Category Archives: web

iHub i Nairobi

Nairobi har fået et fysisk mødested for byens voksende miljø af web-udviklere, bloggere og it-entreprenører. Stedet hedder iHub og det åbnede onsdag den 3. marts.

iHubs websted skriver folkene bag blandt andet dette om motivationen for at etablere stedet:

From the onset we had the idea of having a central location where guys could come in and utilize fast internet, access local servers to test out their applications while bouncing off ideas with each other. The goal was to create an environment where (hopefully) cool world class products could be developed and sustained.  There are many great developers around but many complain about access to bandwidth and servers. In addition  to this, many business people looking for software are sometimes at a loss when it comes to tracking down good developers. The iHub will be the place to be for all these people.iHub is a realization of this, and I’m really excited about what will be happening after the March 3rd launch. It is quite an experiment, and the iHub advisors admittedly do not have all the answers to some of the questions being posed by many. However it is worth doing, and I guess learning shall be done as it evolves.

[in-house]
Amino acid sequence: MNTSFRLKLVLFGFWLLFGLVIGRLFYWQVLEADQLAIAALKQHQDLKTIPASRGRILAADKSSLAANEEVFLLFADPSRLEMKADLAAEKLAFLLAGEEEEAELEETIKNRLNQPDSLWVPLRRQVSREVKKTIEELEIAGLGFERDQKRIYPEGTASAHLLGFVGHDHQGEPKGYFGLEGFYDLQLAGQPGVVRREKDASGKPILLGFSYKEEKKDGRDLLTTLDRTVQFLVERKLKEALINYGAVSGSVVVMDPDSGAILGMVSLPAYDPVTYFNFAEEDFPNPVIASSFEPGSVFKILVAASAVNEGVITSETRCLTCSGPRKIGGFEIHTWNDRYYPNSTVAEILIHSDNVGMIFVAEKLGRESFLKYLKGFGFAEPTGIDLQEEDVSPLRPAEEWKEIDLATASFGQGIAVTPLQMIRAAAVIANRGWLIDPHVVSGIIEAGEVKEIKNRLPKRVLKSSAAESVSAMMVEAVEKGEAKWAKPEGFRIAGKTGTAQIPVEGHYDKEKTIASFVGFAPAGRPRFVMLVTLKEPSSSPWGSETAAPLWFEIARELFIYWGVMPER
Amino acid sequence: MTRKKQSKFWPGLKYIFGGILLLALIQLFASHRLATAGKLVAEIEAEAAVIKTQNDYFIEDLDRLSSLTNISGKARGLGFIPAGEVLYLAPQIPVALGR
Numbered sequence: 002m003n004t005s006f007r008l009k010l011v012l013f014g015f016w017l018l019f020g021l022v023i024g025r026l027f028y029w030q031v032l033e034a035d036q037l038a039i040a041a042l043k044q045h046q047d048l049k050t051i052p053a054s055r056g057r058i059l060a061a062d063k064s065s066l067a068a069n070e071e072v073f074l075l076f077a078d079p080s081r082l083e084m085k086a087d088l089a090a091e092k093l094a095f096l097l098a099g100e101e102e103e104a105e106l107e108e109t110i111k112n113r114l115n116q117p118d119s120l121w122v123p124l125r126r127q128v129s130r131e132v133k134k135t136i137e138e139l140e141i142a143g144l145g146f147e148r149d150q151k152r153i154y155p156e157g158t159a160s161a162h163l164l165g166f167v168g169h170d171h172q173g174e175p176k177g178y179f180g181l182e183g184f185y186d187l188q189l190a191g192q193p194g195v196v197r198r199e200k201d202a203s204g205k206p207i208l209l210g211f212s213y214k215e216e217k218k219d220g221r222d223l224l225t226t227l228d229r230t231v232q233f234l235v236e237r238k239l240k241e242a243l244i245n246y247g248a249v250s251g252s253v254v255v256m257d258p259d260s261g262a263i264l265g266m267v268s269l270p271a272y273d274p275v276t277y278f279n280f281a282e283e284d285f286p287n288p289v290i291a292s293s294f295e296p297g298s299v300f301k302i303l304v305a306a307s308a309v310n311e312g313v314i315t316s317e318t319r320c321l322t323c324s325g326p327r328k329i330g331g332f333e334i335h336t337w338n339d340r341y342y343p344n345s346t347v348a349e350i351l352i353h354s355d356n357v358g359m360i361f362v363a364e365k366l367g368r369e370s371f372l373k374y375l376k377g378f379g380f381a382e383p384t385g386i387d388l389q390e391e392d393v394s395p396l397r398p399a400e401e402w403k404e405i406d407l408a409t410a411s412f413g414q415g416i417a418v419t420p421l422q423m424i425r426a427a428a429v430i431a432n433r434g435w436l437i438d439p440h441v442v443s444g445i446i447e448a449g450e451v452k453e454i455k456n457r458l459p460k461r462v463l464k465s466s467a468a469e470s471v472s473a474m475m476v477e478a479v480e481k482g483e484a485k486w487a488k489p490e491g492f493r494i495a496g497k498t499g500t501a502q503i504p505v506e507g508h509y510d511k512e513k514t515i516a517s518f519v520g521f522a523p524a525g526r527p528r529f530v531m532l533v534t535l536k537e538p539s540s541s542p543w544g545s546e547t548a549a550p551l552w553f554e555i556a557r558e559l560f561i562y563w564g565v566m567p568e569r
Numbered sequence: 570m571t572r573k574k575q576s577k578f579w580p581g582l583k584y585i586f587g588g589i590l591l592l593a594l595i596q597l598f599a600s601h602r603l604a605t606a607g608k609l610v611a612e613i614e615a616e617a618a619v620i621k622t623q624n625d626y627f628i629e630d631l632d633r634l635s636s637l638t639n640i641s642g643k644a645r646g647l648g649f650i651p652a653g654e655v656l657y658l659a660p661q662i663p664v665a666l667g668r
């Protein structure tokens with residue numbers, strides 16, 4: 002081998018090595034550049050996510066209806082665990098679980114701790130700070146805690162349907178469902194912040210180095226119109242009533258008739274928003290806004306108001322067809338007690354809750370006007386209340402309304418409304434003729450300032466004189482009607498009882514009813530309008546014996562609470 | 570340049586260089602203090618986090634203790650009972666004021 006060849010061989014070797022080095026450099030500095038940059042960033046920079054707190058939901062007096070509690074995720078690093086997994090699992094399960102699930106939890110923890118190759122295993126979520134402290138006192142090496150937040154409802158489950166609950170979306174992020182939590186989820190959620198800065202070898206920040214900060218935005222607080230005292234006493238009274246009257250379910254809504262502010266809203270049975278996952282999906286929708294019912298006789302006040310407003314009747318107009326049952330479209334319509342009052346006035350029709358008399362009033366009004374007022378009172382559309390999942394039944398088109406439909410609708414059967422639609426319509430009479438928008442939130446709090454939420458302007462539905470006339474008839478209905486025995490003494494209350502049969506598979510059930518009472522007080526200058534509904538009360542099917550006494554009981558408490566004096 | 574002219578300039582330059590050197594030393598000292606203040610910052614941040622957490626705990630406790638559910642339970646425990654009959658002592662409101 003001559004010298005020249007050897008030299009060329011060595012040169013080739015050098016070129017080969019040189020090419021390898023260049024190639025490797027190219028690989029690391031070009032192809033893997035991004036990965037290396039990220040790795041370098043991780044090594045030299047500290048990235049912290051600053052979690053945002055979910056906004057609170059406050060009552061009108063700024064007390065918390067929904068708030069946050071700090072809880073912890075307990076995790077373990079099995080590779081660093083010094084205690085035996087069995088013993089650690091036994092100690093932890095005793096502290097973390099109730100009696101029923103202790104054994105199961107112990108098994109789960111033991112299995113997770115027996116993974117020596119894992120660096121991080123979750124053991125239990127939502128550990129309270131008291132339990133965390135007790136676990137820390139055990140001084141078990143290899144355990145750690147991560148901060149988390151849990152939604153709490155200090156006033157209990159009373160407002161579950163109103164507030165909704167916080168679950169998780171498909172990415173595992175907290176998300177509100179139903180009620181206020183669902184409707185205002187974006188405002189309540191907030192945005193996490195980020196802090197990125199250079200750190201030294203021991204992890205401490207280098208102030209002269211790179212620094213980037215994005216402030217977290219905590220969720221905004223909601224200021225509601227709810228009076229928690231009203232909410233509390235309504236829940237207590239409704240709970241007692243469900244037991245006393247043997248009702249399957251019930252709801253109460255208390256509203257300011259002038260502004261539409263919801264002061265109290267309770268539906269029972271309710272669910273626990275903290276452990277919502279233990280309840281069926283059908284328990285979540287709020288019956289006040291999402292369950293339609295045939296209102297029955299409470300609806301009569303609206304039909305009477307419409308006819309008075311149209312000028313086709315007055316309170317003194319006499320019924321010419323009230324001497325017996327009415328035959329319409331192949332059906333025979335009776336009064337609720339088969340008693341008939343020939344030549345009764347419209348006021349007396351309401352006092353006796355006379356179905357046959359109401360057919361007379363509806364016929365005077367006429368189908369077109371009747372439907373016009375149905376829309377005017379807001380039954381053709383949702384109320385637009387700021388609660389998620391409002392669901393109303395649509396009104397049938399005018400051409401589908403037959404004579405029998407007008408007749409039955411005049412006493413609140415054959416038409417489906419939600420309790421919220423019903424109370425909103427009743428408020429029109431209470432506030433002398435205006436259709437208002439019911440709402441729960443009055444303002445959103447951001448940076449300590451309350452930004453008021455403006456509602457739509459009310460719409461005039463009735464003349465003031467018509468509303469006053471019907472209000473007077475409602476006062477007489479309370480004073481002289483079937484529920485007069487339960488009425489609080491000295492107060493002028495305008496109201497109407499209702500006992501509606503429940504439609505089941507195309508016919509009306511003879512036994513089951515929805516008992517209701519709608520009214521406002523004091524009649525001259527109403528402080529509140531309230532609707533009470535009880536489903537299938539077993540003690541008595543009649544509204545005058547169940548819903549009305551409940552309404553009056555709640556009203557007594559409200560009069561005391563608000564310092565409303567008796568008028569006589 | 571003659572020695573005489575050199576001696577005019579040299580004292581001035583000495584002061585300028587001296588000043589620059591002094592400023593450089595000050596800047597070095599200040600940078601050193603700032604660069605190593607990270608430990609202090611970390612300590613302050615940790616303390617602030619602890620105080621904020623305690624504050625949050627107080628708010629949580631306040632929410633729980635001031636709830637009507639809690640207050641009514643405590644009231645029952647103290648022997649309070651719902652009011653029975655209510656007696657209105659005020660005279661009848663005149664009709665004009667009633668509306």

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Global Voices har en god opsamling af blogosfærens modtagelse af iHub.

KTV har denne rapportage fra åbningen:

Google Maps zoomer ind på Afrika

Google Maps har fået opgraderet sit kort over Afrika. På kortene over en række lande er der kommet flere veje på, vejene er blevet markeret med enten navn eller nummer og de er i det hele taget blevet mere detaljerede.

Ifølge White African drejer det sig om følgende lande:

Benin, Botswana, Burkina Faso, Burundi, Cameroon, Cape Verde, Central African Republic, Chad, Democratic Republic of the Congo, Djibouti, Eritrea, Ethiopia, Gabon, Guinea, Gambia, Ghana, Ivory Coast, Madagascar, Malawi, Mauritania, Mozambique, Niger, Nigeria, Reunion, Sierra Leone, Somalia, and Togo.

Han skriver videre:

What I wanted to do was compare old map tiles with new ones, but I didn’t have any screenshots to do that with. Instead I did a quick comparison of a few countries – those that were just announced vs ones that weren’t on the list.

A good example of this is found when comparing Mali to Burkina Faso in West Africa. There are significantly more town names in Burkina Faso, and all the roads either have names or numbers. In Mali, which hasn’t been done yet, there are some major roads outlined, few towns are named, and no minor roads to speak of.

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